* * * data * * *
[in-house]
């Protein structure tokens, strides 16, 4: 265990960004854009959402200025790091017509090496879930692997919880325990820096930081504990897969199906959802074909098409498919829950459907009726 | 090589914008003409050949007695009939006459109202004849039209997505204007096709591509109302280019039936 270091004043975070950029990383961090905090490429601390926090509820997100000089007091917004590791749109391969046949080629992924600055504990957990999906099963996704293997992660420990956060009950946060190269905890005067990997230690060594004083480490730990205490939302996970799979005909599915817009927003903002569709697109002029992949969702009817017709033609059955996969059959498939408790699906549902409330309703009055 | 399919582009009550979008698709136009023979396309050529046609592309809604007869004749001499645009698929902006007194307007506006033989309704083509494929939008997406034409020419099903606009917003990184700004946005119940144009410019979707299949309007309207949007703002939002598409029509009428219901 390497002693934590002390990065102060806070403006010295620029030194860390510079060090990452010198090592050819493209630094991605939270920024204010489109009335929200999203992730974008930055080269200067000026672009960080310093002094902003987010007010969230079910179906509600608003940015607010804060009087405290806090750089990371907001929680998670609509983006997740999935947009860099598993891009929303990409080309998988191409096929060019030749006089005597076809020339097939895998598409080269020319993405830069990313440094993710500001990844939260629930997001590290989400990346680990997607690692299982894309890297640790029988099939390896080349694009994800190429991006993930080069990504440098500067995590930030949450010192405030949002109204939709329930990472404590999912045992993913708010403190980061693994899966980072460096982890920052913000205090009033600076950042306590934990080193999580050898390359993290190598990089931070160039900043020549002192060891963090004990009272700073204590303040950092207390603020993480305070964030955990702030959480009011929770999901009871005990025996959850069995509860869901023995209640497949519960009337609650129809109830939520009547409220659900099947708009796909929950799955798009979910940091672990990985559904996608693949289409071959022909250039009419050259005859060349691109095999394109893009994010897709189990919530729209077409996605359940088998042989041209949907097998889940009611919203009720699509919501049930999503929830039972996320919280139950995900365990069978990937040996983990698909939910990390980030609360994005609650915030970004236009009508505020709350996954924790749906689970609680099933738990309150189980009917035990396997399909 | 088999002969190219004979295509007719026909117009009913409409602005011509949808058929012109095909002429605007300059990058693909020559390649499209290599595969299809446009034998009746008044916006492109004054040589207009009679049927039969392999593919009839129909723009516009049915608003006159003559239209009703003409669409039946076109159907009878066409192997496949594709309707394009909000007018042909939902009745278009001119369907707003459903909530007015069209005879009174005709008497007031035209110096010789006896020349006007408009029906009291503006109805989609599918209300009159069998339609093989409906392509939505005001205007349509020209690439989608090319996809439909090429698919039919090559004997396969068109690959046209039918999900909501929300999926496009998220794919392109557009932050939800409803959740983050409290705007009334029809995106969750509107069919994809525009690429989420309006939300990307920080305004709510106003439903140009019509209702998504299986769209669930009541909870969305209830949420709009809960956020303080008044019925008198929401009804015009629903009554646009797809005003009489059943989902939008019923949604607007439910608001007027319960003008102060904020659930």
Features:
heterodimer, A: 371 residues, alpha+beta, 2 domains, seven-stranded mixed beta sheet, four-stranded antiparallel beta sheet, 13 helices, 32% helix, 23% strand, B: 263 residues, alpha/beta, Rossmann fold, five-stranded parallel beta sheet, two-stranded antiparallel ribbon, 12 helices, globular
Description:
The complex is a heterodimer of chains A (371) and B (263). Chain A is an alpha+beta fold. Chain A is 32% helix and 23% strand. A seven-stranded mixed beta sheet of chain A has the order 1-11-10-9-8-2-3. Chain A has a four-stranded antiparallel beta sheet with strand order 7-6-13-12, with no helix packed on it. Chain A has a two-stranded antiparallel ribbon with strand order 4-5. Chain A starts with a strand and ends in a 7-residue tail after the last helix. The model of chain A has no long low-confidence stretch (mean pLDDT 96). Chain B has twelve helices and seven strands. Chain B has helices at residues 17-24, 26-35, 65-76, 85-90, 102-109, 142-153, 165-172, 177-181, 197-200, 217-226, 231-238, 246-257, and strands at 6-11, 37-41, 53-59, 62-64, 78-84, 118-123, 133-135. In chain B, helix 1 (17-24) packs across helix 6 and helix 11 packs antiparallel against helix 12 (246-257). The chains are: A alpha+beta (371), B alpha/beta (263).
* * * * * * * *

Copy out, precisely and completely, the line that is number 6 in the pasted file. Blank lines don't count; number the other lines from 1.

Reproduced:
The complex is a heterodimer of chains A (371) and B (263). Chain A is an alpha+beta fold. Chain A is 32% helix and 23% strand. A seven-stranded mixed beta sheet of chain A has the order 1-11-10-9-8-2-3. Chain A has a four-stranded antiparallel beta sheet with strand order 7-6-13-12, with no helix packed on it. Chain A has a two-stranded antiparallel ribbon with strand order 4-5. Chain A starts with a strand and ends in a 7-residue tail after the last helix. The model of chain A has no long low-confidence stretch (mean pLDDT 96). Chain B has twelve helices and seven strands. Chain B has helices at residues 17-24, 26-35, 65-76, 85-90, 102-109, 142-153, 165-172, 177-181, 197-200, 217-226, 231-238, 246-257, and strands at 6-11, 37-41, 53-59, 62-64, 78-84, 118-123, 133-135. In chain B, helix 1 (17-24) packs across helix 6 and helix 11 packs antiparallel against helix 12 (246-257). The chains are: A alpha+beta (371), B alpha/beta (263).